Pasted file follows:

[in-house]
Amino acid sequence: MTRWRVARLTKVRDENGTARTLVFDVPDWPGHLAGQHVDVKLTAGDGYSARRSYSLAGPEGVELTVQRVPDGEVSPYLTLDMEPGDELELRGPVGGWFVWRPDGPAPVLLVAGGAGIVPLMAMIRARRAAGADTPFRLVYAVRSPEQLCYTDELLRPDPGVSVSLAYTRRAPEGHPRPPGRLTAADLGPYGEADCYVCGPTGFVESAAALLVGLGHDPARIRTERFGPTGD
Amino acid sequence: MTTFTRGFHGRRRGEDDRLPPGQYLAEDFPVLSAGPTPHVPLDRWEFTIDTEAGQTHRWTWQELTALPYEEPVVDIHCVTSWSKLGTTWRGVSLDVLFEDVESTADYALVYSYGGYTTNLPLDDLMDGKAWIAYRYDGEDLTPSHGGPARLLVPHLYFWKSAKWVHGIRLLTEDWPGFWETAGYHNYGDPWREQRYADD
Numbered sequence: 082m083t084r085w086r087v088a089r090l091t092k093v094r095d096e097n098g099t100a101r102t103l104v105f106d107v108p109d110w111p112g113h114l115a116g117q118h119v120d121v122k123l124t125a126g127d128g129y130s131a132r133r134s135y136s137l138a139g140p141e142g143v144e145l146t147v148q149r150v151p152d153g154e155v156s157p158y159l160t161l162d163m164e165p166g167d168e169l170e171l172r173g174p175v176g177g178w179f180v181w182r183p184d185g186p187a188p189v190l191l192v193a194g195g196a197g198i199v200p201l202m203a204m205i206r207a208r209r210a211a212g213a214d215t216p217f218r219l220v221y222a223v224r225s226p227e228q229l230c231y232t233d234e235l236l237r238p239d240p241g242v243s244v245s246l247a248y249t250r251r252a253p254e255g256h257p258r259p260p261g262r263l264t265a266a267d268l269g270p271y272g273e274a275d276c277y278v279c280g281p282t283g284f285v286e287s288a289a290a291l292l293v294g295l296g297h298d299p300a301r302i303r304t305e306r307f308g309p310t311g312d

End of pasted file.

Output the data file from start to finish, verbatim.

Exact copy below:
[in-house]
Amino acid sequence: MTRWRVARLTKVRDENGTARTLVFDVPDWPGHLAGQHVDVKLTAGDGYSARRSYSLAGPEGVELTVQRVPDGEVSPYLTLDMEPGDELELRGPVGGWFVWRPDGPAPVLLVAGGAGIVPLMAMIRARRAAGADTPFRLVYAVRSPEQLCYTDELLRPDPGVSVSLAYTRRAPEGHPRPPGRLTAADLGPYGEADCYVCGPTGFVESAAALLVGLGHDPARIRTERFGPTGD
Amino acid sequence: MTTFTRGFHGRRRGEDDRLPPGQYLAEDFPVLSAGPTPHVPLDRWEFTIDTEAGQTHRWTWQELTALPYEEPVVDIHCVTSWSKLGTTWRGVSLDVLFEDVESTADYALVYSYGGYTTNLPLDDLMDGKAWIAYRYDGEDLTPSHGGPARLLVPHLYFWKSAKWVHGIRLLTEDWPGFWETAGYHNYGDPWREQRYADD
Numbered sequence: 082m083t084r085w086r087v088a089r090l091t092k093v094r095d096e097n098g099t100a101r102t103l104v105f106d107v108p109d110w111p112g113h114l115a116g117q118h119v120d121v122k123l124t125a126g127d128g129y130s131a132r133r134s135y136s137l138a139g140p141e142g143v144e145l146t147v148q149r150v151p152d153g154e155v156s157p158y159l160t161l162d163m164e165p166g167d168e169l170e171l172r173g174p175v176g177g178w179f180v181w182r183p184d185g186p187a188p189v190l191l192v193a194g195g196a197g198i199v200p201l202m203a204m205i206r207a208r209r210a211a212g213a214d215t216p217f218r219l220v221y222a223v224r225s226p227e228q229l230c231y232t233d234e235l236l237r238p239d240p241g242v243s244v245s246l247a248y249t250r251r252a253p254e255g256h257p258r259p260p261g262r263l264t265a266a267d268l269g270p271y272g273e274a275d276c277y278v279c280g281p282t283g284f285v286e287s288a289a290a291l292l293v294g295l296g297h298d299p300a301r302i303r304t305e306r307f308g309p310t311g312d